Fast forward to the 2023 EIWA Championships in Philadelphia. Jack earned the 12th seed in a weight class that would automatically qualify the top 5 place winners. He would have to pull a few upsets in order to qualify for the NCAA Championships. Similar to the year prior, he lost the first round. Finding himself in familiar territory, he trusted his training. More importantly, he was able to relax and focus on "just wrestling." Using this thought process, he battled back one match at a time. His third win on the backside came over an opponent from Bucknell he already lost to during the year. He dropped his next match to the Navy opponent. It all came down to this one final match, for fifth place. His opponent was from Drexel, a familiar opponent, who had already beaten Jack once this season. He'd need another revenge win to qualify for the National Championships.
I remember watching the match at EIWAs. It was tightly contested. As time was winding down, I saw the passion in the eyes of Maida, the coaches, his teammates, and everyone supporting the American Eagles. The celebration continued in the hallway. Hugs and high-fives, even tears of joy from some of the fans, as he was surrounded with support. I'm a sucker for that type of stuff, so I almost got a little emotional watching it unfold. I did not know about his story, until after the fact. If I would have known beforehand, I would have needed a janitor to mop up my tears. Coach Borrelli's statement on the match was simple. "His win was a special moment for all of us. Very emotional."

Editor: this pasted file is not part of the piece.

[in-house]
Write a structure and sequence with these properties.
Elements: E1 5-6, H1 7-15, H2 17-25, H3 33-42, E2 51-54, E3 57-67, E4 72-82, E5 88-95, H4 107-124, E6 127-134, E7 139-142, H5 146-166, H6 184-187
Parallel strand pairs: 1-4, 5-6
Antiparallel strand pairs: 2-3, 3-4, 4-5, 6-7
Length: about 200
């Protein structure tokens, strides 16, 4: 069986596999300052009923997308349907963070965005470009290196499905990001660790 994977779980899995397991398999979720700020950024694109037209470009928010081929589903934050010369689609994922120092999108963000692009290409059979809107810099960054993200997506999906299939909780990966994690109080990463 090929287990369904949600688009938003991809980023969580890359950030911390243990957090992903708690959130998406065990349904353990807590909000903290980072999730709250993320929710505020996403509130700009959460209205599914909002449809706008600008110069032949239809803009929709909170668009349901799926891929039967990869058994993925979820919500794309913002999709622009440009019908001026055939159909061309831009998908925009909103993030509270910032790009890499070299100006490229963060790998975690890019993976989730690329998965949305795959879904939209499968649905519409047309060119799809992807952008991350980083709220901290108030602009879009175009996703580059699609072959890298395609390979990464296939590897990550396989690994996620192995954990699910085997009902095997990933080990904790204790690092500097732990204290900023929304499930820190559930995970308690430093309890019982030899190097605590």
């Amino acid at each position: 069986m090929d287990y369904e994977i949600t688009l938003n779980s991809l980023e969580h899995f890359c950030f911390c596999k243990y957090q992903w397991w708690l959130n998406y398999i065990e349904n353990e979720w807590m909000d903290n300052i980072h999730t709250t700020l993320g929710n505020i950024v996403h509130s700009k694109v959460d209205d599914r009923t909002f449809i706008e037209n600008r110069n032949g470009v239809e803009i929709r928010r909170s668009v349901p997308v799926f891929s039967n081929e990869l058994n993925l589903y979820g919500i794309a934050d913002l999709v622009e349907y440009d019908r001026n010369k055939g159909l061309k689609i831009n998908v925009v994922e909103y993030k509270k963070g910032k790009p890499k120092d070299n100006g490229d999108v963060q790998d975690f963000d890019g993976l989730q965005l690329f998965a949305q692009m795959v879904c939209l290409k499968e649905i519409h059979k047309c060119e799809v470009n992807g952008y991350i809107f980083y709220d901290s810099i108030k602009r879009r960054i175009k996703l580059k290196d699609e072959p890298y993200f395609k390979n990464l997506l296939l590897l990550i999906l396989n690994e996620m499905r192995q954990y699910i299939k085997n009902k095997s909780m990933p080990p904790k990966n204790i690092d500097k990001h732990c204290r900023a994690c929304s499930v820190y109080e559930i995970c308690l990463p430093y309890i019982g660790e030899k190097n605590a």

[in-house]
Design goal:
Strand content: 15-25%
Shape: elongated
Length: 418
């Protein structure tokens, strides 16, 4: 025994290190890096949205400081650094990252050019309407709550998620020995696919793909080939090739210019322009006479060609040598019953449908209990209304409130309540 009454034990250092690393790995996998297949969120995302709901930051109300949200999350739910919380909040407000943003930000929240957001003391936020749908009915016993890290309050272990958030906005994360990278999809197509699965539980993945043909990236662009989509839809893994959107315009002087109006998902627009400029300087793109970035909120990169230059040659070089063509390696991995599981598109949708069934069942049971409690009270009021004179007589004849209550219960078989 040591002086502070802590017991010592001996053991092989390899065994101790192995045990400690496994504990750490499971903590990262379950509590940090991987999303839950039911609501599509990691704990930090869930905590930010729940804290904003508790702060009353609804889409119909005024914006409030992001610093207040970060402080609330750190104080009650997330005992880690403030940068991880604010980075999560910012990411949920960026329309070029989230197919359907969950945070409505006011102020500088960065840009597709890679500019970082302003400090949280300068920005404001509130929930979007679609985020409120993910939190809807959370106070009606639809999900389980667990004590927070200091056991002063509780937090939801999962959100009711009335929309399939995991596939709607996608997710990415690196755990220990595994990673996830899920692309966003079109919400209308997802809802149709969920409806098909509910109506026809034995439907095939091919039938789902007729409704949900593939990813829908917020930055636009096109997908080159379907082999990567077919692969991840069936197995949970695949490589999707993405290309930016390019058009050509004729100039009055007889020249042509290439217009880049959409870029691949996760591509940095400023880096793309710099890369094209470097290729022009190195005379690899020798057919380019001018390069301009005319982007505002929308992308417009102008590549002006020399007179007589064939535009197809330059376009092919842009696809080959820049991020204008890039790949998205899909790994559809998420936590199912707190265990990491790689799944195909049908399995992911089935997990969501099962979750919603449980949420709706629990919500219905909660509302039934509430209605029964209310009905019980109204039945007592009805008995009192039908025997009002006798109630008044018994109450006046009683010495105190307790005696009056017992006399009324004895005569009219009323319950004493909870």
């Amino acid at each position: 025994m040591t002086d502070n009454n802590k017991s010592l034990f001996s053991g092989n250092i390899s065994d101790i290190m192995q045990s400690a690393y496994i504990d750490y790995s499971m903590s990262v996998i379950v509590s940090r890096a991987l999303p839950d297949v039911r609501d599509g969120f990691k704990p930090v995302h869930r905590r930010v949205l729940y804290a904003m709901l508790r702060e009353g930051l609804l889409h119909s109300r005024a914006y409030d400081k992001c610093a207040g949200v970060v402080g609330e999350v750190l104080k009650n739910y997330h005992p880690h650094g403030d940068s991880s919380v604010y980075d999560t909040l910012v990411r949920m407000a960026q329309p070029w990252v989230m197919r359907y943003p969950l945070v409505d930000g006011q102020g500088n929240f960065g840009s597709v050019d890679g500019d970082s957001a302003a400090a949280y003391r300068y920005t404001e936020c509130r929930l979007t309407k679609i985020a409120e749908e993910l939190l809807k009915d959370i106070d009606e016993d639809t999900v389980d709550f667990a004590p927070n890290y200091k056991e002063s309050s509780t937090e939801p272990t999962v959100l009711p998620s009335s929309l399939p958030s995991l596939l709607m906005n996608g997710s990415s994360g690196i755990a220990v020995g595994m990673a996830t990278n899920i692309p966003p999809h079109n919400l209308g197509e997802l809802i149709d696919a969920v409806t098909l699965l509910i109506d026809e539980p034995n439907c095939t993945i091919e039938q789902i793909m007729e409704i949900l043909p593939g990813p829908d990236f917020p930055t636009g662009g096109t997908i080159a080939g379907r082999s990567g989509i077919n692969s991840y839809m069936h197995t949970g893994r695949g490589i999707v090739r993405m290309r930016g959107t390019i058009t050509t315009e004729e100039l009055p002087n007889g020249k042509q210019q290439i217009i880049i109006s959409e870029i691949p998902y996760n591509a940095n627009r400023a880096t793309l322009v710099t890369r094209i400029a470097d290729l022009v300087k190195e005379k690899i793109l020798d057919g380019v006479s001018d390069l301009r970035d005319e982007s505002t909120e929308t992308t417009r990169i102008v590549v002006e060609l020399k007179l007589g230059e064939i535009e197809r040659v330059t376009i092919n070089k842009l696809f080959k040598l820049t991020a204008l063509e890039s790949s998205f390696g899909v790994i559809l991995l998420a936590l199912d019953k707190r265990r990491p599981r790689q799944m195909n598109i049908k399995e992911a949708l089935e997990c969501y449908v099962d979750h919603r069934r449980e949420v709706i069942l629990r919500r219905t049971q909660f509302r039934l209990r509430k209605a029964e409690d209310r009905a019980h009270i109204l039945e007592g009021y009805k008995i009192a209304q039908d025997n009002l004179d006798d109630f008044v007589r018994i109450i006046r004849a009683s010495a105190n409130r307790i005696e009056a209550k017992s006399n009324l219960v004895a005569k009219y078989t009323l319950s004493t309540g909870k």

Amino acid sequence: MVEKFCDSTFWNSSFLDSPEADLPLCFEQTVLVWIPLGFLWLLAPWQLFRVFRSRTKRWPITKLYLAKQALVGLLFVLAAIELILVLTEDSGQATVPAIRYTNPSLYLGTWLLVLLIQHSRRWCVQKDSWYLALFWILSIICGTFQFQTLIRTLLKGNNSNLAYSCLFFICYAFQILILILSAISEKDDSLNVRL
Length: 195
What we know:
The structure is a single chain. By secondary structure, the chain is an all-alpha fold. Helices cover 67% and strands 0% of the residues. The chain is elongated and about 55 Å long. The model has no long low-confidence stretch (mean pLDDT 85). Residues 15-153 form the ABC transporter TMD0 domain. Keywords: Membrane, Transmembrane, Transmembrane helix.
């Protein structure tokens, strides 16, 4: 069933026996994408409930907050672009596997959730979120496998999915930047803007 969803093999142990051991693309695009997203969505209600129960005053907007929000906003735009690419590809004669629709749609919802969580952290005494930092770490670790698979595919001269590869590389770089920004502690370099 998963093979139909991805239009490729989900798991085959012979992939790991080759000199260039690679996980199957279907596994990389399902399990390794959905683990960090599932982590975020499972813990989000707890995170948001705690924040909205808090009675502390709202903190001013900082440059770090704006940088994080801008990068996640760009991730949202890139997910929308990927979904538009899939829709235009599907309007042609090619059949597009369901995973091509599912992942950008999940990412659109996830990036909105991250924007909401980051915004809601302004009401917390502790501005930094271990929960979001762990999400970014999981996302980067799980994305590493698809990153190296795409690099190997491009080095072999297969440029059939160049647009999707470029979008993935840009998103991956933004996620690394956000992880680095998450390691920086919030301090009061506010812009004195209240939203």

One step towards his goal - check. He was an NCAA Qualifier. In fact, he was the first for Coach Jason Borrelli, as American University's head coach. Reflecting on this "winner-take-all" match at EIWAs, Coach remembered, "I was at peace before the match, like way more than usual." Ironically, the next words out of his mouth were "It was odd not to be nervous, like I usually am. But, at the end of the day, it's just a wrestling match." This was eerily similar to what Jack said - almost as if there was a calming Zen amongst them at the moment. He remembered they were all very calm, and relaxed - ready to go.